The unreality of Elshtain’s analysis is not incidental or peculiar to her. Even writers who endorse torture but remain squeamish about it can’t escape such abstractions. The more squeamish they are, in fact, the more abstractions they indulge in. Sanford Levinson, for example, tentatively discusses Alan Dershowitz’s proposal that government officials should be forced to seek warrants from judges in order to torture terrorist suspects. Hoping to make the reality of torture, and the pain of its victims, visible and concrete, Levinson insists that “the person the state proposes to torture should be in the courtroom, so that the judge can take no refuge in abstraction.” But then Levinson asks us to consider “the possibility that anyone against whom a torture warrant is issued receives a significant payment as ‘just compensation’ for the denial of his or her right not to be tortured.” Having just counseled against abstraction, Levinson resorts to the greatest abstraction of all—money—as payback for the greatest denial of rights imaginable.
If the unreality of these discussions sounds familiar, it is because they are watered by the same streams of conservative romanticism that coursed in and out of the White House during the Bush years. Notwithstanding Dershowitz’s warrants and Levinson’s addenda, the essays endorsing torture are filled with hostility to what Elshtain variously calls “moralistic code fetishism” and “rule-mania” and what we might simply call “the rule of law.” But where the Bush White House sought to be entirely free of rules and laws—and here the theoreticians depart from the practitioners—the contemplators of torture seek to make the torturers true believers in the rules.
There are two reasons. One reason, which Michael Walzer presents at great length in a famous essay from 1973, reprinted in Torture, is that the absolute ban on torture makes possible—or forces us to acknowledge the problem of “dirty hands.” Like the supreme emergency, the ticking time bomb forces a leader to choose between two evils, to wrestle with the devil of torture and the devil of innocents dying. Where other moralists would affirm the ban on torture and allow innocents to die, or adopt a utilitarian calculus and order torture to proceed, Walzer believes the absolutist and the utilitarian wash their hands too quickly; their consciences come too clean. He wishes instead “to refuse ‘absolutism’ without denying the reality of the moral dilemma,” to admit the simultaneous necessity for—and evil of torture.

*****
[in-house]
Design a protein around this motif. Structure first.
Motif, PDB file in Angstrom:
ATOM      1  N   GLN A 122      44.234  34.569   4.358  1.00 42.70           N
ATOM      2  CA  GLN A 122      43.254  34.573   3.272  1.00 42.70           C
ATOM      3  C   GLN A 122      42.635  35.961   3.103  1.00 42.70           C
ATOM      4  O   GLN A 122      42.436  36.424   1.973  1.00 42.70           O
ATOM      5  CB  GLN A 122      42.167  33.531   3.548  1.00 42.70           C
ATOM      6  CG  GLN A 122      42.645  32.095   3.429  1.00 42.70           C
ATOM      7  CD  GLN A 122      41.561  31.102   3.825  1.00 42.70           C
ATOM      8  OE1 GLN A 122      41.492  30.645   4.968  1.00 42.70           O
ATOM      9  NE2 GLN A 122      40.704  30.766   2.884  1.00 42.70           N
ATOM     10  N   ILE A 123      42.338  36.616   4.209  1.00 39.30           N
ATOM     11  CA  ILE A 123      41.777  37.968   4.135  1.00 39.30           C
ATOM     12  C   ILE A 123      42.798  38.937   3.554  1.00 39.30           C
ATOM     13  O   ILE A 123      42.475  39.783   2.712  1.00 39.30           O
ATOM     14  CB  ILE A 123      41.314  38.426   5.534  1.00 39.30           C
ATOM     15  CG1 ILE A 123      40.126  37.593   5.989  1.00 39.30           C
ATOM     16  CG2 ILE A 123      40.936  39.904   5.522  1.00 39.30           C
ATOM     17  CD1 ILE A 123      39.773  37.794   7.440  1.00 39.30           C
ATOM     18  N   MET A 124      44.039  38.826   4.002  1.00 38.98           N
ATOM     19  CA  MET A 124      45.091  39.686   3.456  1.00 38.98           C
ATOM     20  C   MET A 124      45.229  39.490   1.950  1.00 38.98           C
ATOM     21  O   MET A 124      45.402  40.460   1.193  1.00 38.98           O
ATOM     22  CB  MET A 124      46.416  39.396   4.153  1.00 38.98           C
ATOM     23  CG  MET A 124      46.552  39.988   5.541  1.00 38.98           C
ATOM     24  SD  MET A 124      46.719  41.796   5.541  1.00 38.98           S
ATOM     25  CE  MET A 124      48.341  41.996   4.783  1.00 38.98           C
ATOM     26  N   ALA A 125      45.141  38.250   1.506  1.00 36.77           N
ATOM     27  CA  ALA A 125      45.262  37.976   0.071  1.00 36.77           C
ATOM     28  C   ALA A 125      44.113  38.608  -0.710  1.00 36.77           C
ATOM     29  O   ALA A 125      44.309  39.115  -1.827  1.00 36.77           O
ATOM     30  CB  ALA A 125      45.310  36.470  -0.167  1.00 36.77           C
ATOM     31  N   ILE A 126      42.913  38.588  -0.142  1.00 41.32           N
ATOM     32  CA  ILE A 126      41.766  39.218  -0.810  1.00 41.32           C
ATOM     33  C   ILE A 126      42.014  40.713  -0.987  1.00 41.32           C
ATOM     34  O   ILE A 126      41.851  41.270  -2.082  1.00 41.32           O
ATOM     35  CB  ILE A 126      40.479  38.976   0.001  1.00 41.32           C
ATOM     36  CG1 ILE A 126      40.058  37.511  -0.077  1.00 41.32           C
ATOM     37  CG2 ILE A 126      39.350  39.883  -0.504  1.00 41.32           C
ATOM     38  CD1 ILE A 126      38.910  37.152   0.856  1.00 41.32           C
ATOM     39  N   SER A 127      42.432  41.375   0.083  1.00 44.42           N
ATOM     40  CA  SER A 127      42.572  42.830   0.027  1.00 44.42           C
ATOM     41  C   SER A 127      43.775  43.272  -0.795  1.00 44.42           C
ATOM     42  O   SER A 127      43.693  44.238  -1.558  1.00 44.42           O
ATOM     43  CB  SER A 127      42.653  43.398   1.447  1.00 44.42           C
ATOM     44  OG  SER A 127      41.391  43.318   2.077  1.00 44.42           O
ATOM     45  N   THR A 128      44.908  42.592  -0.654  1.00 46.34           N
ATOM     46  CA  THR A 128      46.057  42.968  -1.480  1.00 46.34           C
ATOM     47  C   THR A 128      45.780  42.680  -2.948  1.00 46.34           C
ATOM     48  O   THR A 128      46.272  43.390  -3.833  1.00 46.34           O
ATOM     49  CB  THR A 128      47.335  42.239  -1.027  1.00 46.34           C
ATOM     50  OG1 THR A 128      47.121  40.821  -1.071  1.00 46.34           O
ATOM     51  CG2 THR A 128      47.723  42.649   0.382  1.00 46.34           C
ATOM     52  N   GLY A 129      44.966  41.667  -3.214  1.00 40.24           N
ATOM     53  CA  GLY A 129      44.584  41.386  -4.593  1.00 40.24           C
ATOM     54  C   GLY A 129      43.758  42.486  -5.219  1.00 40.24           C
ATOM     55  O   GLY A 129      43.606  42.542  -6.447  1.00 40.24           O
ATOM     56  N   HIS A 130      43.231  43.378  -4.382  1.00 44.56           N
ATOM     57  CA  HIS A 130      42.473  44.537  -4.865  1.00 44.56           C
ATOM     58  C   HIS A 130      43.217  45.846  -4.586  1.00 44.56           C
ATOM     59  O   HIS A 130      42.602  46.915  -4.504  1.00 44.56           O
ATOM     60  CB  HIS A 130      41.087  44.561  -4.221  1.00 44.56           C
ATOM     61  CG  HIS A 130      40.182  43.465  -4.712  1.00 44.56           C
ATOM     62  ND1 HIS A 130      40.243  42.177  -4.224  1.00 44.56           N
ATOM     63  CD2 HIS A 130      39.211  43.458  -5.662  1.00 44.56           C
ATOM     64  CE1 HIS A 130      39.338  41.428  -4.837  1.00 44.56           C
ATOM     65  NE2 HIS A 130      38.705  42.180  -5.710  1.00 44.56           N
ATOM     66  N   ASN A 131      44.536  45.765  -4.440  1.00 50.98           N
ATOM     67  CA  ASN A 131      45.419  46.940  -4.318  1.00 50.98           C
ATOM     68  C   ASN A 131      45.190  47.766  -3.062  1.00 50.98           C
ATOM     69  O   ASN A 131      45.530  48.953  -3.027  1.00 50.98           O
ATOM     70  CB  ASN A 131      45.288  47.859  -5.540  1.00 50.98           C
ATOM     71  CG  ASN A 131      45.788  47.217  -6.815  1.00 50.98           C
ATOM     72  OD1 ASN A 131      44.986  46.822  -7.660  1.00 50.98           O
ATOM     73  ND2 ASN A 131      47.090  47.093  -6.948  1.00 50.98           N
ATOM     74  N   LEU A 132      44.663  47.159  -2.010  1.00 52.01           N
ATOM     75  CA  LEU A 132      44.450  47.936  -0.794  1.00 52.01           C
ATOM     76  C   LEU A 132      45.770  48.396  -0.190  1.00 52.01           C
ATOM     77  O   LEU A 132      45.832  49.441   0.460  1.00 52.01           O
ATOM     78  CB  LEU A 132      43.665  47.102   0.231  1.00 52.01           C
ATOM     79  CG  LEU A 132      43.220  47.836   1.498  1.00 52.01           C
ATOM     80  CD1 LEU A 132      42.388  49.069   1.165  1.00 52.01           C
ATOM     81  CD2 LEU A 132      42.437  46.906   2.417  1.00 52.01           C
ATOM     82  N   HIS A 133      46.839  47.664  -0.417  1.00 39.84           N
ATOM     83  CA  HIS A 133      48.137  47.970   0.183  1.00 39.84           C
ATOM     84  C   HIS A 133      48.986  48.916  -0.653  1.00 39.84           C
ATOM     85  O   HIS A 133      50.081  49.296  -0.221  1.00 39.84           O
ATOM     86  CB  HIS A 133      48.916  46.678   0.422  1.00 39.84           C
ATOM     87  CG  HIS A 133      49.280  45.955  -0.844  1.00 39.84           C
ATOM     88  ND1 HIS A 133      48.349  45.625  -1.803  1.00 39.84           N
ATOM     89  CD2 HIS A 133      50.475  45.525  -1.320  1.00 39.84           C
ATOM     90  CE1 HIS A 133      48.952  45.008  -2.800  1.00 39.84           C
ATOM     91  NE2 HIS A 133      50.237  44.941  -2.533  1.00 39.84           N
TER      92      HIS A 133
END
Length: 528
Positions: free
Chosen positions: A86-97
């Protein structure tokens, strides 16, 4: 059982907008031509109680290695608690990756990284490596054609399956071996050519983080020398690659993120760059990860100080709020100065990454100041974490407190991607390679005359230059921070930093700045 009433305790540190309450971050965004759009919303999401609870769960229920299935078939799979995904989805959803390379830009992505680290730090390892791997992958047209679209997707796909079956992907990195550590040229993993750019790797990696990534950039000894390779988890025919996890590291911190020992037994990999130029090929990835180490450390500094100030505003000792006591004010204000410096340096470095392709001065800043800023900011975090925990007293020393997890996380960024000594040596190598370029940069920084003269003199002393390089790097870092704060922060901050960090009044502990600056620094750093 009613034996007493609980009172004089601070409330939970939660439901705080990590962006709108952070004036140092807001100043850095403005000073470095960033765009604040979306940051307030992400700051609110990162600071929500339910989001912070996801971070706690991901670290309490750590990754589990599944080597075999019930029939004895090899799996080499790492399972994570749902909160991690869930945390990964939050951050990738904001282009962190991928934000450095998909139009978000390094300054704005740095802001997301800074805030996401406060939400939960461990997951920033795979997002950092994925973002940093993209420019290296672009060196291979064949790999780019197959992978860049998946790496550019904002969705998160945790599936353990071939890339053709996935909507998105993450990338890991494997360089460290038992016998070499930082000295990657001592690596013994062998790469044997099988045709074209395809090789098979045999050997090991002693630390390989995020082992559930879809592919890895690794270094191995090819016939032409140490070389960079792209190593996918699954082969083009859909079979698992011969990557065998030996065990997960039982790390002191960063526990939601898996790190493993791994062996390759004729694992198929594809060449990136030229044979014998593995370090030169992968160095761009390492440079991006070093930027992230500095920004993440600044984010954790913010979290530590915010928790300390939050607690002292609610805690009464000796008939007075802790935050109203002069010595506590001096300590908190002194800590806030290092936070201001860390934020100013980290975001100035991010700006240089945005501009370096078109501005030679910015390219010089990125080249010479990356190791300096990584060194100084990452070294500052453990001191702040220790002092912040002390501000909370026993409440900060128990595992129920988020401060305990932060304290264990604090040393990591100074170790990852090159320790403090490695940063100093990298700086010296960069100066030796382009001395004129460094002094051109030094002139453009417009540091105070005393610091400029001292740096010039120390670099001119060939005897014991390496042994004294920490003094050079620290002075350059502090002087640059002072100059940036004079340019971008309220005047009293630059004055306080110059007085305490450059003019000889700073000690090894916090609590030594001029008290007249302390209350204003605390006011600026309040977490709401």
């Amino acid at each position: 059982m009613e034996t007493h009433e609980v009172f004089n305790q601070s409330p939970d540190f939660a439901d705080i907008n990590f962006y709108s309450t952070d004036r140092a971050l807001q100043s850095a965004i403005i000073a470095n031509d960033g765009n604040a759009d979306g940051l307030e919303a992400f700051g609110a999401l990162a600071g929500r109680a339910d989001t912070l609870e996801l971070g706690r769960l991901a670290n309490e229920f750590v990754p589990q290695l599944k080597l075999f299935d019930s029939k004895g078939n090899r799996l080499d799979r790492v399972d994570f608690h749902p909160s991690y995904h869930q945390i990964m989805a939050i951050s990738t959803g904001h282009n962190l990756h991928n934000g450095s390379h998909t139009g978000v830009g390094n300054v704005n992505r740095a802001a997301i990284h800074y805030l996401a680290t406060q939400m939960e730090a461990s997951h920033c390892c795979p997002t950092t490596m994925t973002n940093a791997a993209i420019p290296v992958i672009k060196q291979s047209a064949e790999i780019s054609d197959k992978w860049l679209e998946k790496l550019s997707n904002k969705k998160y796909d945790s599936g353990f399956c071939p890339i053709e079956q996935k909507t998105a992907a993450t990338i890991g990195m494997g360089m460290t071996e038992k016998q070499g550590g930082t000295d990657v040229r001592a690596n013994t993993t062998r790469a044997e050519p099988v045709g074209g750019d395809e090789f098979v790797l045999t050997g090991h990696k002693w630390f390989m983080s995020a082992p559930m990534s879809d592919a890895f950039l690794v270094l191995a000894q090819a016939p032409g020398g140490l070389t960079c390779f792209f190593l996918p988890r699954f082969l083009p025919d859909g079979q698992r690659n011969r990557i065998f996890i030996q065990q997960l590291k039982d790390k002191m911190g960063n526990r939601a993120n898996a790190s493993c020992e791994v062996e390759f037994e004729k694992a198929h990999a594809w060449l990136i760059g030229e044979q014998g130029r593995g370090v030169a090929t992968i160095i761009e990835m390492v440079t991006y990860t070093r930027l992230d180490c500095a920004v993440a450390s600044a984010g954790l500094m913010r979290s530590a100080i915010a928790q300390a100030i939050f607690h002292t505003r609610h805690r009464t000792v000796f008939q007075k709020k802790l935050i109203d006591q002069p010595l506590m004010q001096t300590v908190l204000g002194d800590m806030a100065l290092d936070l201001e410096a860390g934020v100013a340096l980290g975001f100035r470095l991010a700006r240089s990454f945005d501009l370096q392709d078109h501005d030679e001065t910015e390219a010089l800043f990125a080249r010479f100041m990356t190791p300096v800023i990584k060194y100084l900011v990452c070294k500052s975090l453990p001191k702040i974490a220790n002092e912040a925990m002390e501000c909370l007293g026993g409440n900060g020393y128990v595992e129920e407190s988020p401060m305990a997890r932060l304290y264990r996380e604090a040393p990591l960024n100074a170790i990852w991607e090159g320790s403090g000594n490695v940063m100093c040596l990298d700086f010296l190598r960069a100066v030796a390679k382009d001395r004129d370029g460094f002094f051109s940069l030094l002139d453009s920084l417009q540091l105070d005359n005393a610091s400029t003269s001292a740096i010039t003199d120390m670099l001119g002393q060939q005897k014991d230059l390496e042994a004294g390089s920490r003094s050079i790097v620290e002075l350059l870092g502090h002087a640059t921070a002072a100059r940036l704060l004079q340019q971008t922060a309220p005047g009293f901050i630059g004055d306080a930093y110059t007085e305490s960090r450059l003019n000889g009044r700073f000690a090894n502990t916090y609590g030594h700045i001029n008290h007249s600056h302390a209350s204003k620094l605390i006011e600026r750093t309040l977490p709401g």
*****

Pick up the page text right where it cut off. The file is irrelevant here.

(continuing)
Why? To make space for a moral leader, as Walzer puts it in Arguing about War, “who knows that he can’t do what he has to do—and finally does” it. It is the familiar tragedy of two evils, or two competing goods, that is at stake here, a reminder that we must “get our hands dirty by doing what we ought to do,” that “the dilemma of dirty hands is a central feature of political life.” The dilemma, rather than the solution, is what Walzer wishes to draw attention to. Should torturers be free of all rules save utility, or constrained by rights-based absolutism, there would be no dilemma, no dirty hands, no moral agon. Torturers must be denied their Kant and Bentham—and leave us to contend with the brooding spirit of the counter-Enlightenment, which insists that there could never be one moral code, one set of “eternal principles,” as Isaiah Berlin put it, “by following which alone men could become wise, happy, virtuous and free.”